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Mall shooter hid assault rifle in sweatshirt

OMAHA, Nebraska (Reuters) - A 19-year-old school dropout who shot and killed eight people and himself at a Nebraska shopping mall smuggled a stolen assault rifle into the building wrapped in a sweatshirt and opened fire without warning when he got out of a third-floor elevator, police said on Thursday.

Robert Hawkins left text and voice messages with friends and family before Wednesday’s bloodbath. “He had apparently been experiencing some mental health problems, ideations of suicide,” Omaha Police Chief Thomas Warren told a briefing.

His victims ranged in age from 24 to 66. They included two male customers and another man and four women who were employees of the Von Maur department store where most of the carnage occurred.

Warren said Hawkins fired more than 30 rounds from the assault weapon.

“It appears that the shooting victims were randomly selected” with little if any words exchanged between the shooter and his victims, the chief said. He killed one mall customer by shooting from the third to the second floor of an atrium but the rest of the victims were mostly store employees in a customer service area.

Four other people were wounded, two of whom remain in critical condition, Warren said. A fifth person suffered a medical problem during the incident and was taken away for treatment.

Warren said a review of security tapes and interviews revealed that unarmed mall police were aware that Hawkins had entered the Von Maur store on the second floor of the Westroads Mall. He quickly took an elevator to the third floor and began firing when the elevator door opened, he said.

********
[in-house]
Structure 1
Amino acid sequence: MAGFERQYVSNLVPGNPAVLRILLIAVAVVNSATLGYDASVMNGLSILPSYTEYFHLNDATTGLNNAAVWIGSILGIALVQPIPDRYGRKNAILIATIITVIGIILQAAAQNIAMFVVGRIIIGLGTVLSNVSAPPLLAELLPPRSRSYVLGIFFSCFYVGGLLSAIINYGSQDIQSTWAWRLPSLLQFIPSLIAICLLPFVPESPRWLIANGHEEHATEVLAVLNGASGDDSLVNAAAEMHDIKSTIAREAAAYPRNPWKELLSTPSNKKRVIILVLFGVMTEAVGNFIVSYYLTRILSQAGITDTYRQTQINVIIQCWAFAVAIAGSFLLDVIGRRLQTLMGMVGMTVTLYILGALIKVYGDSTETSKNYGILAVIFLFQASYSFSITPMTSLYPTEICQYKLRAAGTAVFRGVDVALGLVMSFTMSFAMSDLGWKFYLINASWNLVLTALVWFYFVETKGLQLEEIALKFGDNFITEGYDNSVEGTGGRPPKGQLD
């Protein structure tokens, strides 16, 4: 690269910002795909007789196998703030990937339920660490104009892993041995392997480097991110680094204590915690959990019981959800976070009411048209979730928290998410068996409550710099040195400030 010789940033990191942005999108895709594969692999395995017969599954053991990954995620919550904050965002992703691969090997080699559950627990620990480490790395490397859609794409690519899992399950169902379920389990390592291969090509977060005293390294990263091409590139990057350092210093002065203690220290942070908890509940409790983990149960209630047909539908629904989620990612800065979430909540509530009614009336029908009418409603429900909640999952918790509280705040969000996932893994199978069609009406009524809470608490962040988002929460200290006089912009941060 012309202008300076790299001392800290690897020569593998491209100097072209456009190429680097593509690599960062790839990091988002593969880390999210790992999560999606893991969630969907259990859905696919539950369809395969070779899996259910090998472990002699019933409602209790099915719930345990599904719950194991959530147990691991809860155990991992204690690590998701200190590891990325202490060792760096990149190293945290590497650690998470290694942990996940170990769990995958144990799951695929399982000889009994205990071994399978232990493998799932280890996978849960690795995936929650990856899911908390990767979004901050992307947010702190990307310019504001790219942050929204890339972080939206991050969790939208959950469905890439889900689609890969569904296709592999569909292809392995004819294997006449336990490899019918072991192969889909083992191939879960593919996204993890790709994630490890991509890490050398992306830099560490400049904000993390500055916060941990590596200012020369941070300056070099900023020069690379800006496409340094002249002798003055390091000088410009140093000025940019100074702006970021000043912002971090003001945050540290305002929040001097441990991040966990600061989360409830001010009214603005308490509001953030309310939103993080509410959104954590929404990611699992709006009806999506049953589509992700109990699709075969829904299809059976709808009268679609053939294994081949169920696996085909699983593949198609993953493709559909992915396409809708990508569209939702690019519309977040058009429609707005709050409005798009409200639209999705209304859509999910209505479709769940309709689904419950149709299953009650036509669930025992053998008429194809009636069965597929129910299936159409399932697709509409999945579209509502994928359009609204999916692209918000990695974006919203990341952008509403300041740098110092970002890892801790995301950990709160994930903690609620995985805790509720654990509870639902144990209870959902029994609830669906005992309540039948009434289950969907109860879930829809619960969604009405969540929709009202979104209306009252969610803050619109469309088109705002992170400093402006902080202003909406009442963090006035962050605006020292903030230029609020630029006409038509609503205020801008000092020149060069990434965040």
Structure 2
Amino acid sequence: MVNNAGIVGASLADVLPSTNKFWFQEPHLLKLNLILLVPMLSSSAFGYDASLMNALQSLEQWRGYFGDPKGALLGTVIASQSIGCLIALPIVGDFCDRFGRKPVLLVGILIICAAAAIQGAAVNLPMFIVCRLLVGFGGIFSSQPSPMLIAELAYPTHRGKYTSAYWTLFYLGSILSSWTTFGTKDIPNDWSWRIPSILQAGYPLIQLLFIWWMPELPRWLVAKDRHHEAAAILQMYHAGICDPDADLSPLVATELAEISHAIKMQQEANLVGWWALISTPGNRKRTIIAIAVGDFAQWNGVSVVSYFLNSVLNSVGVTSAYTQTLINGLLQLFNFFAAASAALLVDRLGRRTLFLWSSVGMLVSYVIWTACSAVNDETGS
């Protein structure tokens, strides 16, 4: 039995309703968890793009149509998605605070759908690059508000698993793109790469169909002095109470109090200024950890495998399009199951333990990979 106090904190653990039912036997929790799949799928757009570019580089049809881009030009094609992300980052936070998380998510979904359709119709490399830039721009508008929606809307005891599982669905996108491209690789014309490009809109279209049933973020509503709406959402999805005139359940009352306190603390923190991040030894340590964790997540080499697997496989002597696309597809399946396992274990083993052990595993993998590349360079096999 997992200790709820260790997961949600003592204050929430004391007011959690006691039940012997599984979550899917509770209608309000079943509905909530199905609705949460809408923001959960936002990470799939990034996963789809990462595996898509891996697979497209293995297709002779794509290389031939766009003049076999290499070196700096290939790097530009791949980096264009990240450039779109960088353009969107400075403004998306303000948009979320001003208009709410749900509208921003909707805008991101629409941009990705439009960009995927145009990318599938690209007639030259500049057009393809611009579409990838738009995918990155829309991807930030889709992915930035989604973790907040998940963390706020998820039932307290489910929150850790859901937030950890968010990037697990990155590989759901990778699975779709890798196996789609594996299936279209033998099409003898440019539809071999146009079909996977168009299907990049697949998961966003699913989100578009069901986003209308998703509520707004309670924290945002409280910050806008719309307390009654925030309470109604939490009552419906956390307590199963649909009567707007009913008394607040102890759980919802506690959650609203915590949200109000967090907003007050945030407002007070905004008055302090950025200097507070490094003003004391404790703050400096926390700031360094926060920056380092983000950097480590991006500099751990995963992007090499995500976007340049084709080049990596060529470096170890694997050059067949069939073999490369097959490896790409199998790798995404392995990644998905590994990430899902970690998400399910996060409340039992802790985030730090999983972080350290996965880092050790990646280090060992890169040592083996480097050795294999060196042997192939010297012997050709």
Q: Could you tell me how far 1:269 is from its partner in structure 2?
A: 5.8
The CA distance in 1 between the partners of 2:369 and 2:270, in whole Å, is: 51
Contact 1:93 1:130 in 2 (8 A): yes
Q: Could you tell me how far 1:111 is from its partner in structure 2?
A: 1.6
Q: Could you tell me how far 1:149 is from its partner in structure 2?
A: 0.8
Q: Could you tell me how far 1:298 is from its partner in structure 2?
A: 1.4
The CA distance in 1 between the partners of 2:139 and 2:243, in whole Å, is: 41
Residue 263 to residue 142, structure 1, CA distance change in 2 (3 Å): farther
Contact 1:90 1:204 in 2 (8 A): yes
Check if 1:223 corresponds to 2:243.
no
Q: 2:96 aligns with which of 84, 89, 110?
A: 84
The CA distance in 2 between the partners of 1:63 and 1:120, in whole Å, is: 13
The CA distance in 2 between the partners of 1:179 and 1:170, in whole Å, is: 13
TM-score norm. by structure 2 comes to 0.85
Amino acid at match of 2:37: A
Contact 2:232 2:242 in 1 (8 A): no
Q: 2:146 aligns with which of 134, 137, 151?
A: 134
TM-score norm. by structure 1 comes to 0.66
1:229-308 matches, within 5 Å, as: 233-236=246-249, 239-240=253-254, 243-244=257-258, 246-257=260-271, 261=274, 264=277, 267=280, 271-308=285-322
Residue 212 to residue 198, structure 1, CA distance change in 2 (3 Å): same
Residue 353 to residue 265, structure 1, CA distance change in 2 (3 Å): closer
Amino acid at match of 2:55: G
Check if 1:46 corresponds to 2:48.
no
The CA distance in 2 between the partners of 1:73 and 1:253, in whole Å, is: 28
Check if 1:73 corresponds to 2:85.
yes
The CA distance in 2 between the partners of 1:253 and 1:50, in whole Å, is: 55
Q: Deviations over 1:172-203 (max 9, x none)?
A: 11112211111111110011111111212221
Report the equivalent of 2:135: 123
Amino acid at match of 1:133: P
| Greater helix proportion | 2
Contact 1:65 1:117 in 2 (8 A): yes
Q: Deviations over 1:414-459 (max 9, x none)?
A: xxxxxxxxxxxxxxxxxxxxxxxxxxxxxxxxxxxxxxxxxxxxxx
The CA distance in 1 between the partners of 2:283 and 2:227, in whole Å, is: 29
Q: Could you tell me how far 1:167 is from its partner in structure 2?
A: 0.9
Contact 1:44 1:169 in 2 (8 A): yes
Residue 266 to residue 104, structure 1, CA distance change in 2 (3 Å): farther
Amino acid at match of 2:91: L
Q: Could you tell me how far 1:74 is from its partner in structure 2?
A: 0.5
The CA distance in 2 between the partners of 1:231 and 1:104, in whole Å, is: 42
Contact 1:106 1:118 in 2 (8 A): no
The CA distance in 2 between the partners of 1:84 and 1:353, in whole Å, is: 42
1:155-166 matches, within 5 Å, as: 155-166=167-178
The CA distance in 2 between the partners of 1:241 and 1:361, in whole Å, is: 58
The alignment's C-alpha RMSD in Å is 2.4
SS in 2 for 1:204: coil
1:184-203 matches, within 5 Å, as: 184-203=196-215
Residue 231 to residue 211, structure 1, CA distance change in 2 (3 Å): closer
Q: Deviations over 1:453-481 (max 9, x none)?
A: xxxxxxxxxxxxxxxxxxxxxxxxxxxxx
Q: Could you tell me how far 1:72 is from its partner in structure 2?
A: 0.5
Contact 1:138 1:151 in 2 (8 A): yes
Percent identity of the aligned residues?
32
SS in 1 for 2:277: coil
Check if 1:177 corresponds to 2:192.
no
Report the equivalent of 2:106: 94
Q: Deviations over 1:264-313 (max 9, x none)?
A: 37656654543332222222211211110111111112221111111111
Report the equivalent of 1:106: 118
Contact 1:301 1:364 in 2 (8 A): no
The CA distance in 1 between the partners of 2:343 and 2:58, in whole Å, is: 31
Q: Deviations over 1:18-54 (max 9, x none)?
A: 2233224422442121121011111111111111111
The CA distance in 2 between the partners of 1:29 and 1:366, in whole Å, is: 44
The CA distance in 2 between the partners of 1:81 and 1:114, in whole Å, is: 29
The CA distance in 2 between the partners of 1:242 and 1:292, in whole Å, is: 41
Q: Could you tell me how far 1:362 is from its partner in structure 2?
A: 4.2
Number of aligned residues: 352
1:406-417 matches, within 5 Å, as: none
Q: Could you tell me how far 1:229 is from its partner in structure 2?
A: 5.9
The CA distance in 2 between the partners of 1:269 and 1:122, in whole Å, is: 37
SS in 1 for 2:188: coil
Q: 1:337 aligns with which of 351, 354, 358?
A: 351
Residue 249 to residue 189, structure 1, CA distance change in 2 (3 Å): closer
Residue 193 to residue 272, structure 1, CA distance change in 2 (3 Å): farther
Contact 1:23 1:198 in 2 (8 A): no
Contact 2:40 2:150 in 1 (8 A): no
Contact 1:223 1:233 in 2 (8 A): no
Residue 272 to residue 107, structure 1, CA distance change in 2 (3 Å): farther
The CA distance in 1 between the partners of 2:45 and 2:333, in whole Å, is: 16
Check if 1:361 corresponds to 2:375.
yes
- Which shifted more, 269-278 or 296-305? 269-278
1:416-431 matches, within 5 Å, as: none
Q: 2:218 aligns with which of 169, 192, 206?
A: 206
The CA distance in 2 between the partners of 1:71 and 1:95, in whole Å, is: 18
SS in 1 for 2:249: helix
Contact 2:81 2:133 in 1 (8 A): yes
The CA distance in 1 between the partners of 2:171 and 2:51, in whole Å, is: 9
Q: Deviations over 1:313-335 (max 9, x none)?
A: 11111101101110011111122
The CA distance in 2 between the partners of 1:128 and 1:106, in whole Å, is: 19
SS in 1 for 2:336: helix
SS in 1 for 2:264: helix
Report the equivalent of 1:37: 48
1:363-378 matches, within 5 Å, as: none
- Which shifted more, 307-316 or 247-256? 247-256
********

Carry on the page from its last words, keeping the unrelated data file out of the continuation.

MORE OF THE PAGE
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Warren said the tapes seem to show that Hawkins had the gun wrapped in a hooded sweatshirt. He said the gun was stolen from the boy’s stepfather. Investigators had not determined if the weapon’s owner had acquired it legally, he said.

The Omaha World-Herald reported in Thursday’s editions that Hawkins had recently lost both his job and his girlfriend and felt worthless.

“I’m a piece of shit,” said a suicide note he left behind “but I’m going to be famous now,” the newspaper said.

Hawkins had been living since last year with the family of a teenage friend who’s mother said Hawkins had shown her family the rifle the night before the shootings. She thought it was too old to be functional.

The newspaper reported that Hawkins’s parents divorced when he was 3 and he had spent time in foster care. He had also broken up with a girlfriend recently and was fired from a fast food restaurant after being accused of stealing $17.

The friend’s mother said he appeared to be trying to turn his life around. When she heard about the mall shooting, she told the newspaper, “I thought ‘Oh, my God, I hope this is not Robbie.” It was then she found the note he had left, which included a will.

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“Our entire state is grieving,” said Nebraska Governor Dave Heineman. Local media said it was the worst single day of violence in the state’s history.

It was the latest in a series of mass killings that have shocked the United States, where gun ownership is widespread and the right to possess arms is a fiercely contested constitutional issue currently on the agenda of the Supreme Court.

The White House said it was a “terrible tragedy.”

Reporting by Michael Conlon; editing by Andrew Stern and David Storey